La disarmonia politica della Cina

NEW HAVEN – La Cina non è certo stata a corto di proclami politici negli ultimi mesi del 2013. Dal programma riformistico in sessanta punti stilato dal Comitato centrale del Terzo Plenum all'inizio di novembre alle sei attività cardinali approvate dalla Conferenza centrale sul lavoro economico un mese dopo, i leader cinesi hanno annunciato una nuova serie di misure per affrontare le pesanti sfide che metteranno alla prova il paese negli anni a venire.

A uno sguardo d’insieme, però, si evince un problema d’incoerenza. Le iniziative del Terzo Plenum, ad esempio, hanno un taglio strategico teso a promuovere un riequilibrio strutturale dell'economia favorevole ai consumi, atteso da lungo tempo. Se da un lato incarnano lo spirito di queste riforme, le attività cardinali della Conferenza sul lavoro presentano anche un orientamento tattico, che consiste nel "mantenere costante la crescita". Tenuto conto dei possibili compromessi tra strategia e tattica, cioè fra riforme a lungo termine e imperativi di crescita a breve termine, i politici cinesi saranno davvero in grado di raggiungere tutti gli obiettivi prefissati?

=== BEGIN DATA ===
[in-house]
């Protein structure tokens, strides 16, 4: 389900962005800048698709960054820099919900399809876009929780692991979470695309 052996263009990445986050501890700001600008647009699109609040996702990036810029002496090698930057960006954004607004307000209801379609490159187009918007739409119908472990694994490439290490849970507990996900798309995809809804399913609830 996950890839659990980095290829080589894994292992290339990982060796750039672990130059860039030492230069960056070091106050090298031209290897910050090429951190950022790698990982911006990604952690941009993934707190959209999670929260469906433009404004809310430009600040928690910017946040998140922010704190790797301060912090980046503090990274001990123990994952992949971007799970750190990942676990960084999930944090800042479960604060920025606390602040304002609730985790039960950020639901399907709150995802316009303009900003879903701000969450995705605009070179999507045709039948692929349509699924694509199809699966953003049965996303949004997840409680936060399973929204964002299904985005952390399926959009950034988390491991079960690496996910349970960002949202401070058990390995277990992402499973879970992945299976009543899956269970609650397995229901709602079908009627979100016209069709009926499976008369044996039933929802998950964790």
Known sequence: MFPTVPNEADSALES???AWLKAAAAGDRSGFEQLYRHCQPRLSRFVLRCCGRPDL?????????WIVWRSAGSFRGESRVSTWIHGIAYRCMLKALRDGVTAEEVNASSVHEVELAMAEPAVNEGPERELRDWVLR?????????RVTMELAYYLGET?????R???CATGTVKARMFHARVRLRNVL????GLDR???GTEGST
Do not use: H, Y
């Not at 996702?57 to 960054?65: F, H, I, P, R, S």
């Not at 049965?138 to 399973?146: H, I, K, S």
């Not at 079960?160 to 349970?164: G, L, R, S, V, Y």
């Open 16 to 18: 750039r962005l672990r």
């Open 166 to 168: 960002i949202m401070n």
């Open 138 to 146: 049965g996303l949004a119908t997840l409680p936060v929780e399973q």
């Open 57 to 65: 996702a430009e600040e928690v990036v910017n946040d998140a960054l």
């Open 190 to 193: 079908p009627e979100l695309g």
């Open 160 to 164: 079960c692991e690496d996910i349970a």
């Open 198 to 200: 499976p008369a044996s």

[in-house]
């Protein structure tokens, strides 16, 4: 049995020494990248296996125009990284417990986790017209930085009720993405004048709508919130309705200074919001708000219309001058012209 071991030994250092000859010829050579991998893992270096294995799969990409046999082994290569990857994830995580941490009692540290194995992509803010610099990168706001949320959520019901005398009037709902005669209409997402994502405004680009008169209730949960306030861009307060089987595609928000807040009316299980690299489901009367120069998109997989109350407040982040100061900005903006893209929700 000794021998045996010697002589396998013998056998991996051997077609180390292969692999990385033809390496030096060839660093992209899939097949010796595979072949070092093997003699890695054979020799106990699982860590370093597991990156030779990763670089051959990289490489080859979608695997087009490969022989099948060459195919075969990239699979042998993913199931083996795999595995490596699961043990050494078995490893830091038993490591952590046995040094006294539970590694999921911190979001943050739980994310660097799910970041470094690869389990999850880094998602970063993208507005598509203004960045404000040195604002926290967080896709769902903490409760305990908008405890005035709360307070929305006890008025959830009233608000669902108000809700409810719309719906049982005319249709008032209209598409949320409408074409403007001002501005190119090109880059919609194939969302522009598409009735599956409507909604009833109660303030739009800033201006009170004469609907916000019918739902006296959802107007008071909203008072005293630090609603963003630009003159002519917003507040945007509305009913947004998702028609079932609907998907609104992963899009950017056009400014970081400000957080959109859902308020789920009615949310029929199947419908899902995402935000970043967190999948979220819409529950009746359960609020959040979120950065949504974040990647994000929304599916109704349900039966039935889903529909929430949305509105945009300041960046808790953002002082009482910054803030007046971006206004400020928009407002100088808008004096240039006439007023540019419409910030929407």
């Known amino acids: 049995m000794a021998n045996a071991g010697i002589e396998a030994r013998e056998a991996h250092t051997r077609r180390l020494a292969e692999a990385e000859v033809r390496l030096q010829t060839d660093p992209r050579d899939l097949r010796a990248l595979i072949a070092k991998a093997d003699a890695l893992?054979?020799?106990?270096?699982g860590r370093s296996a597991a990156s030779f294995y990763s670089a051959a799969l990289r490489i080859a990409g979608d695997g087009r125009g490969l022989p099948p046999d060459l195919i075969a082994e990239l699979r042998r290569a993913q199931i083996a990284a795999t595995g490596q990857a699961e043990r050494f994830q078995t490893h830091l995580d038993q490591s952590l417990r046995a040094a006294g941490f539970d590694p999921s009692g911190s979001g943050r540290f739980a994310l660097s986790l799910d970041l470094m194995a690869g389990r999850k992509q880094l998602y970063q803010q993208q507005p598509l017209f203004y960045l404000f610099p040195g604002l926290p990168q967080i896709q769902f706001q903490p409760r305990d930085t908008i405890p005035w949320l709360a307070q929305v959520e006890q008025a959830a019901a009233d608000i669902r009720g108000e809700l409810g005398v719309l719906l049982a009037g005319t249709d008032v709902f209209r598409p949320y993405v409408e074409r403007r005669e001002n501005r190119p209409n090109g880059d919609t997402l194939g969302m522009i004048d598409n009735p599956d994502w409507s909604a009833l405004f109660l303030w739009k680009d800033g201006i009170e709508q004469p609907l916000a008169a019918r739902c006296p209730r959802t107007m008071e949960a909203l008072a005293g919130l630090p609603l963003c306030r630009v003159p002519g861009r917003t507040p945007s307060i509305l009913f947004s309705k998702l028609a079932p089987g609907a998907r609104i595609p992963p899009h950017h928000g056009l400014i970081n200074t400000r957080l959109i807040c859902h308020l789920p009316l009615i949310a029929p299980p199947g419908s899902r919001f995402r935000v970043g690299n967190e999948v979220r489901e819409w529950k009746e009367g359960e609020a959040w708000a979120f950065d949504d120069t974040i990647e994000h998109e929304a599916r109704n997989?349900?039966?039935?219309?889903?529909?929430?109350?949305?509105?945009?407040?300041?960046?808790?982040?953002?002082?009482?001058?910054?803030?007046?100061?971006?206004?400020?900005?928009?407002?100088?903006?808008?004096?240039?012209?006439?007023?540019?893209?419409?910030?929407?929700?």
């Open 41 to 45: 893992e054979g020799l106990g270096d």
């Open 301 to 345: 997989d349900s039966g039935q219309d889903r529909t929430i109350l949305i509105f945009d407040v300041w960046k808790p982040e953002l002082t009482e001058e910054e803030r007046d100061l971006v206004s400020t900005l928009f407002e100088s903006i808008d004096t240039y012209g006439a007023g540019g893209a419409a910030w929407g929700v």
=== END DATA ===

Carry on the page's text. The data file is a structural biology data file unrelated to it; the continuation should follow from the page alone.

Naturalmente, tali compromessi sono evidenti in gran parte delle economie, sia sviluppate che in via di sviluppo, ormai da tempo. A far uscire la Cina dal coro è stata la sua forte inclinazione a porre l'accento su obiettivi di natura strategica nel tracciare il proprio percorso di sviluppo economico.

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